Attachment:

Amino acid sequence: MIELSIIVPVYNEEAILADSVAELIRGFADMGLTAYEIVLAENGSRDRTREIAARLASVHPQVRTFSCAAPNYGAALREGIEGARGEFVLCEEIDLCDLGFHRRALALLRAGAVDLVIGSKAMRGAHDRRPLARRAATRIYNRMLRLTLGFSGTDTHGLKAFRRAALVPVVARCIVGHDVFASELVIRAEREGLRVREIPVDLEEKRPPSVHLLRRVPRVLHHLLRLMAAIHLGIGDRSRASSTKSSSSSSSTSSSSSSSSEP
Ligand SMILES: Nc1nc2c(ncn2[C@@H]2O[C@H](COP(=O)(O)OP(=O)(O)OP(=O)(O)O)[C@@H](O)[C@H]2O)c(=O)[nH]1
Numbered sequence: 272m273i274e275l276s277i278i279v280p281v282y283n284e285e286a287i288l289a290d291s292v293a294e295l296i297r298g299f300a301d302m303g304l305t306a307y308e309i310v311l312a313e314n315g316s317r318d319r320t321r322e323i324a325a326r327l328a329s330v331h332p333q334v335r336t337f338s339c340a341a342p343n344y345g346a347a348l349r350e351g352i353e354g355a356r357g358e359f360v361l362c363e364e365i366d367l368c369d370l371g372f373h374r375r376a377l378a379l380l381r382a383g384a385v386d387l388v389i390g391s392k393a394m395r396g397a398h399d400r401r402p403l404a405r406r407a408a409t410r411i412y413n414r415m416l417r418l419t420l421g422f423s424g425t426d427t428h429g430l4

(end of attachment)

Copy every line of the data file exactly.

Amino acid sequence: MIELSIIVPVYNEEAILADSVAELIRGFADMGLTAYEIVLAENGSRDRTREIAARLASVHPQVRTFSCAAPNYGAALREGIEGARGEFVLCEEIDLCDLGFHRRALALLRAGAVDLVIGSKAMRGAHDRRPLARRAATRIYNRMLRLTLGFSGTDTHGLKAFRRAALVPVVARCIVGHDVFASELVIRAEREGLRVREIPVDLEEKRPPSVHLLRRVPRVLHHLLRLMAAIHLGIGDRSRASSTKSSSSSSSTSSSSSSSSEP
Ligand SMILES: Nc1nc2c(ncn2[C@@H]2O[C@H](COP(=O)(O)OP(=O)(O)OP(=O)(O)O)[C@@H](O)[C@H]2O)c(=O)[nH]1
Numbered sequence: 272m273i274e275l276s277i278i279v280p281v282y283n284e285e286a287i288l289a290d291s292v293a294e295l296i297r298g299f300a301d302m303g304l305t306a307y308e309i310v311l312a313e314n315g316s317r318d319r320t321r322e323i324a325a326r327l328a329s330v331h332p333q334v335r336t337f338s339c340a341a342p343n344y345g346a347a348l349r350e351g352i353e354g355a356r357g358e359f360v361l362c363e364e365i366d367l368c369d370l371g372f373h374r375r376a377l378a379l380l381r382a383g384a385v386d387l388v389i390g391s392k393a394m395r396g397a398h399d400r401r402p403l404a405r406r407a408a409t410r411i412y413n414r415m416l417r418l419t420l421g422f423s424g425t426d427t428h429g430l4